To Luma or not to Luma?

In Capture One Pro 9 there is common ground between the improved Contrast slider and the new addition of the Luma Curve mode. So when you should you use the slider?, and what about a Curve? or even when should RGB Curves come into play?

As with many functions in Capture One Pro 9, the choice is yours but ultimately it’s about giving you precision and power and not having software make the decision for you.

Let’s take a look at this following example. It shows quite clearly that using a Luma Curve in this case gives a better end result with more control over the final result.

 Straight out of camera, the image looks like this but there is plenty of data in it to extract all the contrast and depth that I want.

If we were to treat this as a color image first of all, one of the first things I would like to do is to boost the contrast in the sky to make the clouds more visible.

I would like to treat the sky as a separate element of the image, as the buildings won’t require the same treatment I feel. Fortunately masking that will be a pinch as I can transform a color selection into a mask, which is new in Capture One Pro 9.

My color selection of the sky I have tried to keep as tight as possible by narrowing my selection down.  I will end up with some of the right hand side of the building being selected but I don’t anticipate that will cause me much trouble. It’s a bit flat anyway, so it would benefit from any additional contrast added to the sky.

Immediately, this selection can be transformed into a Local Adjustment mask, with the end goal of being able to edit the sky with the additional benefit of using the contrast slider of a curve.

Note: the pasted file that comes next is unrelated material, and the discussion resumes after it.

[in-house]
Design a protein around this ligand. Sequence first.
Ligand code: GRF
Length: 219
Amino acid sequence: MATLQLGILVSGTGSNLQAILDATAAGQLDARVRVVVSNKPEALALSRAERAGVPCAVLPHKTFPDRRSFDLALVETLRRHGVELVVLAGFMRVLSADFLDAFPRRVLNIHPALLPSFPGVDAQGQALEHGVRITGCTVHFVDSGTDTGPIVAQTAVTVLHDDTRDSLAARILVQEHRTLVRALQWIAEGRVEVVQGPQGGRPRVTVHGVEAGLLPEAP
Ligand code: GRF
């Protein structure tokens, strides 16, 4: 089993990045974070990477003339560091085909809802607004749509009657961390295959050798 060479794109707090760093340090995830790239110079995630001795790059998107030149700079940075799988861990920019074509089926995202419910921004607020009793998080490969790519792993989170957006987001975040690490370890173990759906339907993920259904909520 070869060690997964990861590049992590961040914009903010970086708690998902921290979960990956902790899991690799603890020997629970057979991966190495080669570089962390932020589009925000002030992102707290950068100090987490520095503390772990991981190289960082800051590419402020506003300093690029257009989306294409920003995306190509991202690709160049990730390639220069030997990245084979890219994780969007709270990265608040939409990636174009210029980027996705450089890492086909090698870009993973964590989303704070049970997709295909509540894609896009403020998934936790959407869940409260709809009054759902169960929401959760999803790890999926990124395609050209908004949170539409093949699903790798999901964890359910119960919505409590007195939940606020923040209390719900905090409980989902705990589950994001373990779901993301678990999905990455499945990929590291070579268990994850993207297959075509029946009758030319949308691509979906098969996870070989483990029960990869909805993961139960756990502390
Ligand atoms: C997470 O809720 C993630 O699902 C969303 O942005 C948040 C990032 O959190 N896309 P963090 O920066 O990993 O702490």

fig2

Now we have ‘Layer 1’ in the Local Adjustments tool, which is a pretty decent mask of the sky, with some of the right hand side of the building.

fig3

With the mask activated (and shown in red) you can see the result.

fig4

To add some contrast in the sky, we have a choice of

  • Using the Contrast Slider
  • Using an RGB Curve
  • Using a Luma Curve.

They will all give a slightly different result. Here is the Contrast slider, at a value of 30 points.

Here is an S curve applied in RGB.

fig7

Here is an S curve applied in Luma

fig9

So you can see that there is quite a different result from using the 3 different methods.  The strongest shift in hue and saturation is when using an RGB curve (as we would expect) and the least change of hue and saturation is when using a Luma Curve – also what we expect!

The benefit of using the Luma Curve in this instance is that we can apply the contrast we want and individually control our preferred level of Saturation. In this case I might as well add a few points of Saturation to get the level I like.

fig10

You will see in each of the examples that the contrast has also increased on the right hand side of the tower, which I said earlier, I probably wouldn’t mind and my suspicions were correct.

To finish off the image in color, I made another local mask on the middle of the tower to darken it off more and add some contrast.  I also did some selective dodging and burning.

fig11

Finally, for a Black and White version I modified the sliders somewhat in the Black and White tool and added a little grain.

fig12

Best regards,

David Grover

 

February 29 2016

By David Grover

Category: Professor Tips Tags:
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  • David Grover
    David Grover

    David Grover is part of the Capture One marketing team based at our head office. He runs our weekly webinar series on Capture One Pro 10 and produces the video tutorials on Capture One too.

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